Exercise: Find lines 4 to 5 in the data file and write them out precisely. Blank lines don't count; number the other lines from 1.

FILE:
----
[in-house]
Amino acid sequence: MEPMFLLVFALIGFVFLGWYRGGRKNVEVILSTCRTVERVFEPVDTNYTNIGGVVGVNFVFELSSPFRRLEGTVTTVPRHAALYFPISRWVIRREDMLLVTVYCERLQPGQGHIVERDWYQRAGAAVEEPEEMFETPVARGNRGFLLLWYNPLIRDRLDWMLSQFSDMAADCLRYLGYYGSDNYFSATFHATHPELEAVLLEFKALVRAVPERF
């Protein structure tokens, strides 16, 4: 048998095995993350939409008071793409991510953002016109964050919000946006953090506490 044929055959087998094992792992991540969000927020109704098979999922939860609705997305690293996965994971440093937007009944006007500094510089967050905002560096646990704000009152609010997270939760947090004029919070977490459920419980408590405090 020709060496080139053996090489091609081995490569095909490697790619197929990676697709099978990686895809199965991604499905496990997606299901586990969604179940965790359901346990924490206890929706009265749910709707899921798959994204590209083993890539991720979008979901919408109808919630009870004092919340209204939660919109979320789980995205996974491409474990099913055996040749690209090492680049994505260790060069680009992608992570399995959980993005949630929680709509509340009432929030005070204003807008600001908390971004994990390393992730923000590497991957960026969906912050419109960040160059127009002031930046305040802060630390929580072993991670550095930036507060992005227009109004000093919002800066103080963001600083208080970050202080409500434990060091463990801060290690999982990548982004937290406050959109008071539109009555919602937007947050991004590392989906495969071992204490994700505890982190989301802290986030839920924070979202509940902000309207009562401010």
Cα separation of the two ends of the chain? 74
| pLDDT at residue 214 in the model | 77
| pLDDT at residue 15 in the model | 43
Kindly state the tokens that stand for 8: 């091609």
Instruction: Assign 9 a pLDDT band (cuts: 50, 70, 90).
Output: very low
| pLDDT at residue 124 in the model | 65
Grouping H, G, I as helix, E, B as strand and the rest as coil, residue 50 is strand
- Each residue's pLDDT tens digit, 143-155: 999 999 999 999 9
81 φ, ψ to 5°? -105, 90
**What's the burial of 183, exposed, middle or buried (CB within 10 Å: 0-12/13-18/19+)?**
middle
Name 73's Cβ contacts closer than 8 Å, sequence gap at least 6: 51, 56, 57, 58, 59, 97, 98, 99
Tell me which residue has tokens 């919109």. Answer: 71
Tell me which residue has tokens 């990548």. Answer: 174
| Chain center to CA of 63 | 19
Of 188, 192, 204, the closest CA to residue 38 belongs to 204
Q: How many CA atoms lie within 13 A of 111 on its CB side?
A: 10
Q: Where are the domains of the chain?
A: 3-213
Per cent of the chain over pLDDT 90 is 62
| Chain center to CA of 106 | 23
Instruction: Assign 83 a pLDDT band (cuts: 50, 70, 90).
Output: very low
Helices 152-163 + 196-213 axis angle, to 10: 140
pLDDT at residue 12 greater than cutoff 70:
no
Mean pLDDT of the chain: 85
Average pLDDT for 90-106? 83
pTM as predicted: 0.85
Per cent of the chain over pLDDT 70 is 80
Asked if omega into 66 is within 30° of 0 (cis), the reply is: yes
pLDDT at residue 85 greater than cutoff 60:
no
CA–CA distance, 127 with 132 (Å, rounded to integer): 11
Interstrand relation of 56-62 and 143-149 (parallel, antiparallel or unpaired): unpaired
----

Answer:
Cα separation of the two ends of the chain? 74
| pLDDT at residue 214 in the model | 77